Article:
Lighter Interior: Pros & Cons
When it comes to lighter interiors, here’s what to expect.
White or light-colored interiors give the cabin a more airy and spacious feel.
In an expensive luxury SUV or sports car, light interiors are more elegant and classy.
Lighter colors will attract less heat. White reflects all wavelengths of light, which means a cooler cabin during the blistering hot summer.
What’s Not So Great
The seats might be cooler in the summer, but they are dirt magnets.
Not a good choice if you’re a fast foodie. Imagine a glob of Ketchup on white leather.
Lighter interiors are sometimes considered a premium option, depending on the make and model. That means you will pay more for them, although how much can vary. For example, the Porcelain Nappa leather option for the Mercedes-Benz S-Class is about a $4,500 upgrade. By contrast, the Brown Light Frost interior option for the Jeep Grand Cherokee is $695.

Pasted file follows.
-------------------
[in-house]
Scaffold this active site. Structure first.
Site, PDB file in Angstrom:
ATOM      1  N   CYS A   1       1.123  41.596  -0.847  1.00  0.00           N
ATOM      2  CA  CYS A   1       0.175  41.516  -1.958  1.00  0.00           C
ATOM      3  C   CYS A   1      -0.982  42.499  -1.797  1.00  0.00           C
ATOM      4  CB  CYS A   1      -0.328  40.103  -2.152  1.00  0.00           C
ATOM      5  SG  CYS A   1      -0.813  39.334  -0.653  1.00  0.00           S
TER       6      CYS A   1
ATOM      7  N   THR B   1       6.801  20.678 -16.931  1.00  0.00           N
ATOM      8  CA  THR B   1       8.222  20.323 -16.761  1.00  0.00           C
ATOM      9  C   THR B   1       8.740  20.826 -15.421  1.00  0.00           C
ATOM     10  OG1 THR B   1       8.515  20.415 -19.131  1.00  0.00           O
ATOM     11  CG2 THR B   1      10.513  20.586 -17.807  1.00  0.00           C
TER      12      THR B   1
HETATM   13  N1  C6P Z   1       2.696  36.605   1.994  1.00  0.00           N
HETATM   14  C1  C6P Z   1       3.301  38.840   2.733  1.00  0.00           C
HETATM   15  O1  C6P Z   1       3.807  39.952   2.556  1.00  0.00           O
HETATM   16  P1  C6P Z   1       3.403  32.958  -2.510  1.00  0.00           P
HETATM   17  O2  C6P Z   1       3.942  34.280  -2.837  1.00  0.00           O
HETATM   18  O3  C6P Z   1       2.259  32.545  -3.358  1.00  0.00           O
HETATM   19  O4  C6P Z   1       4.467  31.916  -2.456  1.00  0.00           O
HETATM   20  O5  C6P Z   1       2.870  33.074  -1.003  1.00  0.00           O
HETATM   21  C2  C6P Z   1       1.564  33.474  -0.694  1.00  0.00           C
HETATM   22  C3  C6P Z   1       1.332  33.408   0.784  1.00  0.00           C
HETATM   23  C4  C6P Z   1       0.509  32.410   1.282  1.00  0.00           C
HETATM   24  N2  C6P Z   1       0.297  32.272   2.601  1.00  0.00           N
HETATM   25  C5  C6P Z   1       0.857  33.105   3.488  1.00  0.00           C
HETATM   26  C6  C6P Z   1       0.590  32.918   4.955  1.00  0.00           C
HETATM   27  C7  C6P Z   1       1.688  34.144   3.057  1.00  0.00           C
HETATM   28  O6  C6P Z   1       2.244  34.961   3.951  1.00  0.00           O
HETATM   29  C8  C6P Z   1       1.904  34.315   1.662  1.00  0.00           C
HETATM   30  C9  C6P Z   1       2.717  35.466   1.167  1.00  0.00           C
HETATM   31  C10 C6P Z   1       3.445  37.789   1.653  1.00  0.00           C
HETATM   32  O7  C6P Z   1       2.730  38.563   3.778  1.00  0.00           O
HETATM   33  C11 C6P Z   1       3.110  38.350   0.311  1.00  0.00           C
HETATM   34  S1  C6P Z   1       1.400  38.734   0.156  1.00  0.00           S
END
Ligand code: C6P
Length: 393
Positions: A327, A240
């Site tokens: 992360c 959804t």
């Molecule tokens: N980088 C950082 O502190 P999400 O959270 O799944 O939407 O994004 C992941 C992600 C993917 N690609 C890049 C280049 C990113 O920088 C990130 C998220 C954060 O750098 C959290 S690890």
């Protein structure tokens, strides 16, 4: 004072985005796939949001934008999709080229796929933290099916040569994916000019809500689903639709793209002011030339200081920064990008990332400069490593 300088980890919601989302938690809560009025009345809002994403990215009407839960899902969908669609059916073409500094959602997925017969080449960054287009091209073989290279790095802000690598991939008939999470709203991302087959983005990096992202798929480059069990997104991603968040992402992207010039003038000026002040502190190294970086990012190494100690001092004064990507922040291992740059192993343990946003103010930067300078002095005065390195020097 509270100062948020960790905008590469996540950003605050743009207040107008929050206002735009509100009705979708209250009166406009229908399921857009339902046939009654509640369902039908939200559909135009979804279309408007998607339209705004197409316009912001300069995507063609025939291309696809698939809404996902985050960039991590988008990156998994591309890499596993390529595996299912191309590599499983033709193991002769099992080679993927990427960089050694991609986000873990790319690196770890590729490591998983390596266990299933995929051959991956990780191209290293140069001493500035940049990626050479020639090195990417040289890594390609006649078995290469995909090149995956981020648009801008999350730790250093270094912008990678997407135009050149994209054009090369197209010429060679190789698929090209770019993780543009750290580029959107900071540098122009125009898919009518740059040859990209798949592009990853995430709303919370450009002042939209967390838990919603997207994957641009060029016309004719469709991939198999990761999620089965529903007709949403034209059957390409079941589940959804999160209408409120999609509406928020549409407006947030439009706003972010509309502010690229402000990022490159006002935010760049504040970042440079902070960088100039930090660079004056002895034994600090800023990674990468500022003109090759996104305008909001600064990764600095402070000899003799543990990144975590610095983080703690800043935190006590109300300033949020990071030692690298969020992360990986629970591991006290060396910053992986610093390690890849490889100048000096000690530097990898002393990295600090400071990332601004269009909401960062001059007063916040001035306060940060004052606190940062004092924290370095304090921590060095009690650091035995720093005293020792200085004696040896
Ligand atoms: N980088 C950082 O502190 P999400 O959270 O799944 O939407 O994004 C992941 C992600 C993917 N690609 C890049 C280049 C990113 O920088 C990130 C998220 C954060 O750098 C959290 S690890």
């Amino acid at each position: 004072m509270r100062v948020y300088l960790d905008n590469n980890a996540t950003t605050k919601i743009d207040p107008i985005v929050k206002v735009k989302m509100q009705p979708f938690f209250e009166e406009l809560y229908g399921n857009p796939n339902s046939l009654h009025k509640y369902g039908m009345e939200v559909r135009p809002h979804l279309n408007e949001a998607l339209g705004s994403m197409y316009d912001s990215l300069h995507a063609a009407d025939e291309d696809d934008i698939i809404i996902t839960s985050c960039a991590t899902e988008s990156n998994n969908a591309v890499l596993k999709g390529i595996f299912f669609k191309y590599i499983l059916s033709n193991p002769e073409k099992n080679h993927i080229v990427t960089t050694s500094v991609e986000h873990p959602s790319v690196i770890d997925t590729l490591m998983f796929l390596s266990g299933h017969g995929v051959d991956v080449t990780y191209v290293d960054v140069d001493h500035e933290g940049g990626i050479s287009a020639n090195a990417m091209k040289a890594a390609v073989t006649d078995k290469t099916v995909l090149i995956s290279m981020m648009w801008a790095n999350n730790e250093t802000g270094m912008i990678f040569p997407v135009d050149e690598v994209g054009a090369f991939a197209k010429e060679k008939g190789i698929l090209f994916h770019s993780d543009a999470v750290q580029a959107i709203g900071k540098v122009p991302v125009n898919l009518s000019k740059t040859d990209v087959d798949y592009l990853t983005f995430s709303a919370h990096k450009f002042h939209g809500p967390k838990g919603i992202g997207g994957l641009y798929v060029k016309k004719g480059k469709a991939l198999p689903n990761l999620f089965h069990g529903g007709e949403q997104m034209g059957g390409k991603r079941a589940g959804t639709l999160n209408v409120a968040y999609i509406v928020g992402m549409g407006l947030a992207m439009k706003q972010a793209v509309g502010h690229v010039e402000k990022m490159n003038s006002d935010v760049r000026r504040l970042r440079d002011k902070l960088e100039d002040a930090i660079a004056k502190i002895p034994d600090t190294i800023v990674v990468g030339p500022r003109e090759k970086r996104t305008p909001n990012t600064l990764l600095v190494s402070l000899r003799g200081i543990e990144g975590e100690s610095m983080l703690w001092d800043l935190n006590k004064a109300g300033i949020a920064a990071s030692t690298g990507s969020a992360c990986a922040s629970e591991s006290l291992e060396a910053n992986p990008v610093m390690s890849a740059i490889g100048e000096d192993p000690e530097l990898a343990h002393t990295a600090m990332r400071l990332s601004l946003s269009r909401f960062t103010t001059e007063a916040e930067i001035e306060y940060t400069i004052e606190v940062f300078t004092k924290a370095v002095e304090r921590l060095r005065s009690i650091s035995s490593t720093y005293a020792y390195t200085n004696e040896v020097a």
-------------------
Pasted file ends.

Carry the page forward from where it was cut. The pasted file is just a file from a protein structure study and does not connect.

Darker Interior: Pros & Cons
Black or darker colors have their advantages, but it’s not all roses and honey, either.
Easier to clean.
Sportier vibe and more athletic feel.
Darker colors go well with almost any exterior paint option. For instance, a yellow car with a black interior is fine, but with white, it might look odd. The “black-on-black” combination is as popular as ever, meaning a black exterior paint and a black interior. This combo is really sharp, no matter the vehicle.
What’s Not So Great
Black or dark cabin materials absorb more light and heat.
Darker interiors can look dreary, especially certain shades of gray.
Light or Dark Interiors: What People Said